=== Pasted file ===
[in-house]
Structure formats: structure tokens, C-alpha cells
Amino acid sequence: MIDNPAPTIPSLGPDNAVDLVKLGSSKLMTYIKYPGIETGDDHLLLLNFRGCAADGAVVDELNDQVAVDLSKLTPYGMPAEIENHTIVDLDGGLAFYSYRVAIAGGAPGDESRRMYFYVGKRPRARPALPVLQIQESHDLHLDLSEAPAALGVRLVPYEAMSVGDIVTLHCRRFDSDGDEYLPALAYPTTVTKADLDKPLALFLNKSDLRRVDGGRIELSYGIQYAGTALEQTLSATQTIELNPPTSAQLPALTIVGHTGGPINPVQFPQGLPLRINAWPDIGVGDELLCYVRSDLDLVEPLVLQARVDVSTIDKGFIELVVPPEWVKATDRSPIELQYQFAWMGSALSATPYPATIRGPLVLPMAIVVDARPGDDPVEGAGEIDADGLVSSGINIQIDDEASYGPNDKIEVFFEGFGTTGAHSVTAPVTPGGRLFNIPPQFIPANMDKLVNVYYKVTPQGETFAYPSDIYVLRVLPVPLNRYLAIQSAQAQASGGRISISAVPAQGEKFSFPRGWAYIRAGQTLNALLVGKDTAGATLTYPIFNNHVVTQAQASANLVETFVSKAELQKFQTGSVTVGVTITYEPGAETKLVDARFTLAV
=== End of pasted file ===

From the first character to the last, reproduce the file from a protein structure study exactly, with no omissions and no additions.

[in-house]
Structure formats: structure tokens, C-alpha cells
Amino acid sequence: MIDNPAPTIPSLGPDNAVDLVKLGSSKLMTYIKYPGIETGDDHLLLLNFRGCAADGAVVDELNDQVAVDLSKLTPYGMPAEIENHTIVDLDGGLAFYSYRVAIAGGAPGDESRRMYFYVGKRPRARPALPVLQIQESHDLHLDLSEAPAALGVRLVPYEAMSVGDIVTLHCRRFDSDGDEYLPALAYPTTVTKADLDKPLALFLNKSDLRRVDGGRIELSYGIQYAGTALEQTLSATQTIELNPPTSAQLPALTIVGHTGGPINPVQFPQGLPLRINAWPDIGVGDELLCYVRSDLDLVEPLVLQARVDVSTIDKGFIELVVPPEWVKATDRSPIELQYQFAWMGSALSATPYPATIRGPLVLPMAIVVDARPGDDPVEGAGEIDADGLVSSGINIQIDDEASYGPNDKIEVFFEGFGTTGAHSVTAPVTPGGRLFNIPPQFIPANMDKLVNVYYKVTPQGETFAYPSDIYVLRVLPVPLNRYLAIQSAQAQASGGRISISAVPAQGEKFSFPRGWAYIRAGQTLNALLVGKDTAGATLTYPIFNNHVVTQAQASANLVETFVSKAELQKFQTGSVTVGVTITYEPGAETKLVDARFTLAV